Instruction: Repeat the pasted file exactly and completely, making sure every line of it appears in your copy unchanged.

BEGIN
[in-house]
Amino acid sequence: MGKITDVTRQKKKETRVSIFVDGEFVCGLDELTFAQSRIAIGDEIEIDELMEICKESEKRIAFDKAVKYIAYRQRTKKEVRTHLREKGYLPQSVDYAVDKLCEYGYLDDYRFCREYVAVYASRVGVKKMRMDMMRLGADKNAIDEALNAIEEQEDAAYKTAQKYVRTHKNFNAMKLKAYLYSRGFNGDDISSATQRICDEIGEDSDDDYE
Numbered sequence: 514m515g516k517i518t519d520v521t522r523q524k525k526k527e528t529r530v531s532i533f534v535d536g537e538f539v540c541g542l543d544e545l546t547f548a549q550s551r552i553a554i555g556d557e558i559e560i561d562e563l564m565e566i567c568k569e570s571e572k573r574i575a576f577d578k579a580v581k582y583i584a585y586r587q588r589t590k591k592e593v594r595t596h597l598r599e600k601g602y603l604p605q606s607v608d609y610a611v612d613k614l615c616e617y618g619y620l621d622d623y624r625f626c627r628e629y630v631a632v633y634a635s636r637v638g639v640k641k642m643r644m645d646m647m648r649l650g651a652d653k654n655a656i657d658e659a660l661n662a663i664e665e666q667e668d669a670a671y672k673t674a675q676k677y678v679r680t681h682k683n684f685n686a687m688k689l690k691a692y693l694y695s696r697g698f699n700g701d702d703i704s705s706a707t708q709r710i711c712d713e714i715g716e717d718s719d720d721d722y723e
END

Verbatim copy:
[in-house]
Amino acid sequence: MGKITDVTRQKKKETRVSIFVDGEFVCGLDELTFAQSRIAIGDEIEIDELMEICKESEKRIAFDKAVKYIAYRQRTKKEVRTHLREKGYLPQSVDYAVDKLCEYGYLDDYRFCREYVAVYASRVGVKKMRMDMMRLGADKNAIDEALNAIEEQEDAAYKTAQKYVRTHKNFNAMKLKAYLYSRGFNGDDISSATQRICDEIGEDSDDDYE
Numbered sequence: 514m515g516k517i518t519d520v521t522r523q524k525k526k527e528t529r530v531s532i533f534v535d536g537e538f539v540c541g542l543d544e545l546t547f548a549q550s551r552i553a554i555g556d557e558i559e560i561d562e563l564m565e566i567c568k569e570s571e572k573r574i575a576f577d578k579a580v581k582y583i584a585y586r587q588r589t590k591k592e593v594r595t596h597l598r599e600k601g602y603l604p605q606s607v608d609y610a611v612d613k614l615c616e617y618g619y620l621d622d623y624r625f626c627r628e629y630v631a632v633y634a635s636r637v638g639v640k641k642m643r644m645d646m647m648r649l650g651a652d653k654n655a656i657d658e659a660l661n662a663i664e665e666q667e668d669a670a671y672k673t674a675q676k677y678v679r680t681h682k683n684f685n686a687m688k689l690k691a692y693l694y695s696r697g698f699n700g701d702d703i704s705s706a707t708q709r710i711c712d713e714i715g716e717d718s719d720d721d722y723e